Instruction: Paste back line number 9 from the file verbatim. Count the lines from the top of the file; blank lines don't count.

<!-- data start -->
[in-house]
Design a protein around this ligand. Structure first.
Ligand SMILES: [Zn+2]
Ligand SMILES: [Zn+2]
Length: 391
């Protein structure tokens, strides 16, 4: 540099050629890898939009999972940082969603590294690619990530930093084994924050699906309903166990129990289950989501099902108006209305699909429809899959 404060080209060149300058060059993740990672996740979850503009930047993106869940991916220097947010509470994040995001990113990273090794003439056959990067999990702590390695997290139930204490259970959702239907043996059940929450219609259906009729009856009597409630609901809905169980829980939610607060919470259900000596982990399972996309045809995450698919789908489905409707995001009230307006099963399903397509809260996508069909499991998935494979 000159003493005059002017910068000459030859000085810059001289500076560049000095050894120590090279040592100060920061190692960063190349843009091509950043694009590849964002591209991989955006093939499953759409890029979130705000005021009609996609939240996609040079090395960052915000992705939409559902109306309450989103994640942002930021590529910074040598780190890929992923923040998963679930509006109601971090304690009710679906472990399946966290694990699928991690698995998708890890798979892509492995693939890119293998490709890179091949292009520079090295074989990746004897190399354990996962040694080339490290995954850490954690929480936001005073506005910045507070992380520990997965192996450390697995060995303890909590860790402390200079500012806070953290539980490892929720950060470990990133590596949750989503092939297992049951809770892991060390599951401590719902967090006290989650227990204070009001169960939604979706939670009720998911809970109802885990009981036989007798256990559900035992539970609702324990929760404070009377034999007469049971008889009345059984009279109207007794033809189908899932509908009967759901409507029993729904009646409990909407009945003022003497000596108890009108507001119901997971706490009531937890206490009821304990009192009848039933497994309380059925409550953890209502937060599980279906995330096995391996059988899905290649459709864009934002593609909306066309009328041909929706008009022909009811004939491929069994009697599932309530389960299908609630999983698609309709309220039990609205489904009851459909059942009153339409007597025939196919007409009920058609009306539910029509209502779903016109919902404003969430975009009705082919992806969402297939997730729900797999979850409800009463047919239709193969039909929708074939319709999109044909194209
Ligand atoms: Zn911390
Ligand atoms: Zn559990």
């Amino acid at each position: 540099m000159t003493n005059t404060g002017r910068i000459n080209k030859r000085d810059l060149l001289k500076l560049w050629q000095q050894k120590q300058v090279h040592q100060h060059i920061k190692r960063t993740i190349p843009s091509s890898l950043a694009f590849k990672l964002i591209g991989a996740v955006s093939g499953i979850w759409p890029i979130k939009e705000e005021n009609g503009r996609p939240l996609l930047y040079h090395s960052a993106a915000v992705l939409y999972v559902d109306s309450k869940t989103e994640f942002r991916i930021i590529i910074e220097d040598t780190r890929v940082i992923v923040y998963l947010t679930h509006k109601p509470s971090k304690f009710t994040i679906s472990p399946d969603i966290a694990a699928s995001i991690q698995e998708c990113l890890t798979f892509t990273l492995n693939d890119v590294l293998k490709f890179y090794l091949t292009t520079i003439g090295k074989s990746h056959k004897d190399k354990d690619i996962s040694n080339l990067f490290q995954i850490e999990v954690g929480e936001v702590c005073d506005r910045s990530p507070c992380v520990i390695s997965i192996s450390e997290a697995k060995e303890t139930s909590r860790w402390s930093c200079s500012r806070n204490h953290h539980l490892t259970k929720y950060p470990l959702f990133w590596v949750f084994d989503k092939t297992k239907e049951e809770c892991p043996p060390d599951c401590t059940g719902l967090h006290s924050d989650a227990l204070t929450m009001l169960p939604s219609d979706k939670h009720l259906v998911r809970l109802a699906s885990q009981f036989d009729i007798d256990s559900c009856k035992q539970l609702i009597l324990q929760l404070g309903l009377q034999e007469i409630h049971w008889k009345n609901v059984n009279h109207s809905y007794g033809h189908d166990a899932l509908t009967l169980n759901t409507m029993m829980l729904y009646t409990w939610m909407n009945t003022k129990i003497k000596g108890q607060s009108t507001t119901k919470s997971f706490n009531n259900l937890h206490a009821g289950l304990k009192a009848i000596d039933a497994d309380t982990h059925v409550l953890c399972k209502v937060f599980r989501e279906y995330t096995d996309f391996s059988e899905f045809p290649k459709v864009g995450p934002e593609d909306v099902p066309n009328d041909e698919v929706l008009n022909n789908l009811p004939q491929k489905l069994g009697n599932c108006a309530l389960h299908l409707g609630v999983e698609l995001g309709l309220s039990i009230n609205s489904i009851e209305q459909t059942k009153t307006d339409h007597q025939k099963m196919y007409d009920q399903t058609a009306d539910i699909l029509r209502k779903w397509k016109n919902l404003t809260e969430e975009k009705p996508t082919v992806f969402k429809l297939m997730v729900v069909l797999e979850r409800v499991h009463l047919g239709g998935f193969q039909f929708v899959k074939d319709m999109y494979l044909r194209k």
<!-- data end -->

């Amino acid at each position: 540099m000159t003493n005059t404060g002017r910068i000459n080209k030859r000085d810059l060149l001289k500076l560049w050629q000095q050894k120590q300058v090279h040592q100060h060059i920061k190692r960063t993740i190349p843009s091509s890898l950043a694009f590849k990672l964002i591209g991989a996740v955006s093939g499953i979850w759409p890029i979130k939009e705000e005021n009609g503009r996609p939240l996609l930047y040079h090395s960052a993106a915000v992705l939409y999972v559902d109306s309450k869940t989103e994640f942002r991916i930021i590529i910074e220097d040598t780190r890929v940082i992923v923040y998963l947010t679930h509006k109601p509470s971090k304690f009710t994040i679906s472990p399946d969603i966290a694990a699928s995001i991690q698995e998708c990113l890890t798979f892509t990273l492995n693939d890119v590294l293998k490709f890179y090794l091949t292009t520079i003439g090295k074989s990746h056959k004897d190399k354990d690619i996962s040694n080339l990067f490290q995954i850490e999990v954690g929480e936001v702590c005073d506005r910045s990530p507070c992380v520990i390695s997965i192996s450390e997290a697995k060995e303890t139930s909590r860790w402390s930093c200079s500012r806070n204490h953290h539980l490892t259970k929720y950060p470990l959702f990133w590596v949750f084994d989503k092939t297992k239907e049951e809770c892991p043996p060390d599951c401590t059940g719902l967090h006290s924050d989650a227990l204070t929450m009001l169960p939604s219609d979706k939670h009720l259906v998911r809970l109802a699906s885990q009981f036989d009729i007798d256990s559900c009856k035992q539970l609702i009597l324990q929760l404070g309903l009377q034999e007469i409630h049971w008889k009345n609901v059984n009279h109207s809905y007794g033809h189908d166990a899932l509908t009967l169980n759901t409507m029993m829980l729904y009646t409990w939610m909407n009945t003022k129990i003497k000596g108890q607060s009108t507001t119901k919470s997971f706490n009531n259900l937890h206490a009821g289950l304990k009192a009848i000596d039933a497994d309380t982990h059925v409550l953890c399972k209502v937060f599980r989501e279906y995330t096995d996309f391996s059988e899905f045809p290649k459709v864009g995450p934002e593609d909306v099902p066309n009328d041909e698919v929706l008009n022909n789908l009811p004939q491929k489905l069994g009697n599932c108006a309530l389960h299908l409707g609630v999983e698609l995001g309709l309220s039990i009230n609205s489904i009851e209305q459909t059942k009153t307006d339409h007597q025939k099963m196919y007409d009920q399903t058609a009306d539910i699909l029509r209502k779903w397509k016109n919902l404003t809260e969430e975009k009705p996508t082919v992806f969402k429809l297939m997730v729900v069909l797999e979850r409800v499991h009463l047919g239709g998935f193969q039909f929708v899959k074939d319709m999109y494979l044909r194209k």